You also deliberately misrepresent the Etienne van Heerden Veldsoirée as an Afrikaans book festival. Darryl David does not do monolingual book festivals. My track record at all my festivals will show that all my festivals are bilingual at least and multilingual in the case of my SA Festival of Children’s Literature. At the Etienne van Heerden Veldsoirée we had over 10 English sessions. One of our sponsors is Amazwi, the former National English Literary Museum. We focus heavily on Olive Schreiner at the festival. Speakers like Hein Willemse and Christi van der Westhuizen spoke once in English and read another paper in Afrikaans. Marita van der Vyver, best known in Afrikaans literary circles, spoke in English. Eben Venter, with whom you conducted the interview, often switched to English too. Christo van der Rheede’s talk was in Afrikaans, but we made an English transcript available. Theo Venter’s talk was in Afrikaans, but his Power Point slides were in English. You choose to characterise this festival as an Afrikaans festival to further the aim of your argument and demonise Afrikaans.

I want to say this one last thing. As a festival organiser I can curate a programme. I cannot curate an audience. I can assure you I have never made any black writer feel unwelcome and unwanted at any of my book festivals. And I can say with 99,992% certainty that no festivalgoer at any of my festivals has ever made anyone feel unwelcome and unwanted.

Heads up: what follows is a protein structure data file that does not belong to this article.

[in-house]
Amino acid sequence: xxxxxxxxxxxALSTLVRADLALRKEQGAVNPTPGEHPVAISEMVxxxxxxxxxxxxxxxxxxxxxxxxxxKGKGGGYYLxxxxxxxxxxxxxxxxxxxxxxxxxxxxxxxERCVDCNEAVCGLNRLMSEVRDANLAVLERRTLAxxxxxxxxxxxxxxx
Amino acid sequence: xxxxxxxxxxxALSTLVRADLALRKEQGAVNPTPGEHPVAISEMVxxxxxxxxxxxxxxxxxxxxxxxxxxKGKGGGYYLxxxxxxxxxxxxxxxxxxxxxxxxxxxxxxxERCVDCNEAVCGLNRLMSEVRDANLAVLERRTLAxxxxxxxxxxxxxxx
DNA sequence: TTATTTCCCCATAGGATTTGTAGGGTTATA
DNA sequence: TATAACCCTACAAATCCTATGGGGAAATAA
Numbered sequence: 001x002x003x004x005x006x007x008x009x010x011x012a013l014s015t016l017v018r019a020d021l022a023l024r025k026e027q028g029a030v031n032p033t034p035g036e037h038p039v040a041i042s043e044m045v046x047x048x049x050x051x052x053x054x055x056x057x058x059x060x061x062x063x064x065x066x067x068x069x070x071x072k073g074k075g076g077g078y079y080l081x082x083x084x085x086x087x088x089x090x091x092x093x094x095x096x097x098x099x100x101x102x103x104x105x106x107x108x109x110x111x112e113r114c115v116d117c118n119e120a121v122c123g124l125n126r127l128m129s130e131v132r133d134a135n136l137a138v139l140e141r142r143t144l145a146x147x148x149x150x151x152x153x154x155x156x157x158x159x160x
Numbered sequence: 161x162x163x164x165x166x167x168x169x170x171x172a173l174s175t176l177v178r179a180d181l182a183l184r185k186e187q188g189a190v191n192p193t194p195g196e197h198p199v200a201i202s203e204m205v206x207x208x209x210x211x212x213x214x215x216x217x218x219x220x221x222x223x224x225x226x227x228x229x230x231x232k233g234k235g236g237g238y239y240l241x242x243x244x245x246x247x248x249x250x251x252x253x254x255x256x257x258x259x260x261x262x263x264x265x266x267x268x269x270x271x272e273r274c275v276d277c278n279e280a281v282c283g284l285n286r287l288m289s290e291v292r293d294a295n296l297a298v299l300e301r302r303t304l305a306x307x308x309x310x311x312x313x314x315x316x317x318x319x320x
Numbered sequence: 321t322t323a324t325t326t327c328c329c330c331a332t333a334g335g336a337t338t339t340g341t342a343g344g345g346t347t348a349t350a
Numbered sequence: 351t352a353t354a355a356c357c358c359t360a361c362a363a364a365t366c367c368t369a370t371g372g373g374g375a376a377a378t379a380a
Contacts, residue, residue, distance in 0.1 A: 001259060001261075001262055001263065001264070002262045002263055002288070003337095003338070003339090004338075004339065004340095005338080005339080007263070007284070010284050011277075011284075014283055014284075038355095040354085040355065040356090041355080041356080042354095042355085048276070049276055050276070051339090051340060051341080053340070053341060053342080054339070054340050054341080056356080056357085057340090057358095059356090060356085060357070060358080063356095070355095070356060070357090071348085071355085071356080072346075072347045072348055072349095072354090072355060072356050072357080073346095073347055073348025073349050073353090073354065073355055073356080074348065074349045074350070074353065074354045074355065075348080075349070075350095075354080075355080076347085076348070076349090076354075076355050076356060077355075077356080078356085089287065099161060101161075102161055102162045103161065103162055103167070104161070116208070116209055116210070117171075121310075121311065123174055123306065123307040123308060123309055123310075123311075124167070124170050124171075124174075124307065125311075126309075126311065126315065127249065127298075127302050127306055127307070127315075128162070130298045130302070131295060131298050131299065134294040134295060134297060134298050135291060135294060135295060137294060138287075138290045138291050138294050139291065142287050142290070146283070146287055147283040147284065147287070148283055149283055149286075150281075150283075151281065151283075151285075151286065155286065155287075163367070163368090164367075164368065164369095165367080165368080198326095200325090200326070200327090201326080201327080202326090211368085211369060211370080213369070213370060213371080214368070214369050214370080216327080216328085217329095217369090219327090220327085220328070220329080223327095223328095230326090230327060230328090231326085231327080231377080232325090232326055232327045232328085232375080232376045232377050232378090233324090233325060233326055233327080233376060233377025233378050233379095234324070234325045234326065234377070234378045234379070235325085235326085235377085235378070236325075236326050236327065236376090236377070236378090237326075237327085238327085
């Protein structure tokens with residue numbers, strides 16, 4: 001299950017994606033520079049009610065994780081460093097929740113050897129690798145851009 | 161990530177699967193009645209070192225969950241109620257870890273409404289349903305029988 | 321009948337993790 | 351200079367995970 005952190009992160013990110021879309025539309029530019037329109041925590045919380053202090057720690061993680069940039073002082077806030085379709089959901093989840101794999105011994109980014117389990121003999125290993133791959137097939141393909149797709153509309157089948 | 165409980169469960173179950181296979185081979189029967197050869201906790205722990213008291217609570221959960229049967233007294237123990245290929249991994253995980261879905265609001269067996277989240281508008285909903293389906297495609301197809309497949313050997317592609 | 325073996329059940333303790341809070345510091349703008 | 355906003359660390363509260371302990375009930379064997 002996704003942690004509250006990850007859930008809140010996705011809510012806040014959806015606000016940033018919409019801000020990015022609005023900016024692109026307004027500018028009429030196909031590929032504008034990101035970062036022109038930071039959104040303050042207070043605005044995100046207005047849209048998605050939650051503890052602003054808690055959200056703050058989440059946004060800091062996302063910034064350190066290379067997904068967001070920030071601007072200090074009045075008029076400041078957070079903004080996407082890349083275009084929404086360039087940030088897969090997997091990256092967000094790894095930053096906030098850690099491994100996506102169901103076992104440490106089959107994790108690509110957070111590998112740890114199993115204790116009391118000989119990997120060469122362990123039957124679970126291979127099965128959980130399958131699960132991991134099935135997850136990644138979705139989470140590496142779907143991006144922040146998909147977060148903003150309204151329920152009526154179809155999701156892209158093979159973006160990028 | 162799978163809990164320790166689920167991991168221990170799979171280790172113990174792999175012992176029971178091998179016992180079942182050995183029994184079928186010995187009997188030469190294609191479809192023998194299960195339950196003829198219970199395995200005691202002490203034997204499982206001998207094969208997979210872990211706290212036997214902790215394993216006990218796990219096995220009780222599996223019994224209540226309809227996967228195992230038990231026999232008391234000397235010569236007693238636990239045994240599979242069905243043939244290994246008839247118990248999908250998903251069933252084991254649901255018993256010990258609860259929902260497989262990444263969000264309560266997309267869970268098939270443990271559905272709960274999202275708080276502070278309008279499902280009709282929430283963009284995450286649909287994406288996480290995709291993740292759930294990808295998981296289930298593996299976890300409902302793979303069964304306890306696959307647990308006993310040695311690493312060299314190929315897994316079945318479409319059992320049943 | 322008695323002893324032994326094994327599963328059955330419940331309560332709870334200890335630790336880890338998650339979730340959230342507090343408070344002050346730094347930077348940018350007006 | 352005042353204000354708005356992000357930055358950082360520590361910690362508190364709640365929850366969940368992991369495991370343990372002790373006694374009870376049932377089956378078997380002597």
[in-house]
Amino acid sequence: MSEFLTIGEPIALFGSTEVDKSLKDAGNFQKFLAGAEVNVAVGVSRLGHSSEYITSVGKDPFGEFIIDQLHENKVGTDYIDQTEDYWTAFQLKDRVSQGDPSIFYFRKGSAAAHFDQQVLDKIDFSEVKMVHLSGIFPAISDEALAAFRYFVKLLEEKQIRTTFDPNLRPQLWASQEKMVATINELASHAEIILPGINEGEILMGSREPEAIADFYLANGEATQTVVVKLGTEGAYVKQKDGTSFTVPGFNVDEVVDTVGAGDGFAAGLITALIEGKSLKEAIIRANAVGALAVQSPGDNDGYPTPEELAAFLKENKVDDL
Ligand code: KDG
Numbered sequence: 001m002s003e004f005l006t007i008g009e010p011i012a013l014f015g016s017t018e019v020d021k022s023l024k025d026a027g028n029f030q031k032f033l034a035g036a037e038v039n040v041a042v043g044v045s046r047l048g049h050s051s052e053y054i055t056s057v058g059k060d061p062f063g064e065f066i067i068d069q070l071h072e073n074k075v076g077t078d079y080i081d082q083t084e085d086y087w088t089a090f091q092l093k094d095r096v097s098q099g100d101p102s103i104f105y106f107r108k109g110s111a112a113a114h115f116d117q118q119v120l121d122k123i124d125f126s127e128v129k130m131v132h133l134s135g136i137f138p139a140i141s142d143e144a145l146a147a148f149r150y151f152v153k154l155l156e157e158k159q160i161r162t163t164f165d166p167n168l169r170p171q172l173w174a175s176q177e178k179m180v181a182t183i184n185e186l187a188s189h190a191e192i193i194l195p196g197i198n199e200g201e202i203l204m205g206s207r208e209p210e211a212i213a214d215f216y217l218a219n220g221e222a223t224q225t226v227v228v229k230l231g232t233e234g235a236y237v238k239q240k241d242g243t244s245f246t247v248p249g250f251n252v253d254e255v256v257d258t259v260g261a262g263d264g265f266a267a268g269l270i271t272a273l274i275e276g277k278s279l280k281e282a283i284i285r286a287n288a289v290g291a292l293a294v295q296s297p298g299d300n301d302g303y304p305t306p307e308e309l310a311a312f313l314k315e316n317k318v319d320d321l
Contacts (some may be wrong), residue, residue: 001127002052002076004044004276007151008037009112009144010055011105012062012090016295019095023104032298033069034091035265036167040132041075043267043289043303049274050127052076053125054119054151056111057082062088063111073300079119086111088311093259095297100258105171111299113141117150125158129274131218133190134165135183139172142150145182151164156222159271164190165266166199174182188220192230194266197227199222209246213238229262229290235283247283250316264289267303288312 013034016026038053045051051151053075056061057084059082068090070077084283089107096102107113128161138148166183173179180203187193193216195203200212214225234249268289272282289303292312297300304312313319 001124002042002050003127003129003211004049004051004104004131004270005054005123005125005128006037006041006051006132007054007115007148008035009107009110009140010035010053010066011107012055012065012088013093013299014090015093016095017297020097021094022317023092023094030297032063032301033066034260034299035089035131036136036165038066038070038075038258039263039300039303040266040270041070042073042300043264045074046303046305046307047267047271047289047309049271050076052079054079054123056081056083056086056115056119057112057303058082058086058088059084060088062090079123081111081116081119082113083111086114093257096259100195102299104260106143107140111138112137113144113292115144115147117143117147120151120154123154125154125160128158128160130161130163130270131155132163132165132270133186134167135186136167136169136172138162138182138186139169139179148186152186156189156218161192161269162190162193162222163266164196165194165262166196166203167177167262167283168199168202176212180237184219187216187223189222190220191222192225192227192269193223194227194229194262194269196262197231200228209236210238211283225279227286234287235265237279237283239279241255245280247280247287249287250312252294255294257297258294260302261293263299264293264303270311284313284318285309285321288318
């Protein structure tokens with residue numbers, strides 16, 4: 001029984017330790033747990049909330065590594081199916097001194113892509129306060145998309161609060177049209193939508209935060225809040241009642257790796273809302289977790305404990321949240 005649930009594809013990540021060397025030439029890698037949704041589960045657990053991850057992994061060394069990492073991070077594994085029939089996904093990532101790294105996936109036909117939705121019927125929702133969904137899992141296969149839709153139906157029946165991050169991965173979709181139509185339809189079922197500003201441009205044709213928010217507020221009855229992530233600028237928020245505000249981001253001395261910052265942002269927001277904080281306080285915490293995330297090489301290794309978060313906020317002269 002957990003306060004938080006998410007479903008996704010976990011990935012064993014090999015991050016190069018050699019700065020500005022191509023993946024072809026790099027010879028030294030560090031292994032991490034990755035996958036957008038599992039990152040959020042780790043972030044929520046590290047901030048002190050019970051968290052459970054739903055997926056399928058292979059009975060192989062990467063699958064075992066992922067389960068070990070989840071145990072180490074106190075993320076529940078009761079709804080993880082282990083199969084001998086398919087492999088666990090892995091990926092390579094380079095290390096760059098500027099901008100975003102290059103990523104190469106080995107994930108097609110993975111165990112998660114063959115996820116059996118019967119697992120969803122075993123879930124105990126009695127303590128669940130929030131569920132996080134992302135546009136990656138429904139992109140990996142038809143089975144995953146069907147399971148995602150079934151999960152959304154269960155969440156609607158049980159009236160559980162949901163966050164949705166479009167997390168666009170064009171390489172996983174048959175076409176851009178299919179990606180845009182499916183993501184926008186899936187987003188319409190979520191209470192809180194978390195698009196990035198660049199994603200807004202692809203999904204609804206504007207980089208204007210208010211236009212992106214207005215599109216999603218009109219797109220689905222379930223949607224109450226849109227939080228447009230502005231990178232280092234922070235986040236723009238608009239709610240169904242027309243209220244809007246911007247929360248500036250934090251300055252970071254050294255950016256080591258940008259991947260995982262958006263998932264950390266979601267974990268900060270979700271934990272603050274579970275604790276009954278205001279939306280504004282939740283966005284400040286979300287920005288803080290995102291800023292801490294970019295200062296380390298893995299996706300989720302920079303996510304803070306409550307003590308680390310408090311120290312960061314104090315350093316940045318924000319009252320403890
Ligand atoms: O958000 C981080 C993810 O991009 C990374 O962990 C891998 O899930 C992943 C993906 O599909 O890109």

I am truly sorry that you had to experience this alleged act of racism at the Etienne van Heerden Veldsoirée, Bettina. But I will not mince my words when people try to scapegoat me, to demonise me. People reading your article might be forgiven for thinking I am the racist person in this whole sorry episode.

My skin is black too, Bettina. As an Indian person I, too, have experienced similar aggressions, but never at book festivals. They hurt, but these unsavoury incidents will not stop me. I will keep on creating literary festivals that reflect the various hues of our beloved country, as we have seen this weekend. I will continue to fight blatant racism with the types of discussion we had this weekend at the Veldsoirée. I apologise if you experienced my statements as insensitive, but I will not opt out. And one day soon I do hope to welcome you back to one of my literary festivals again.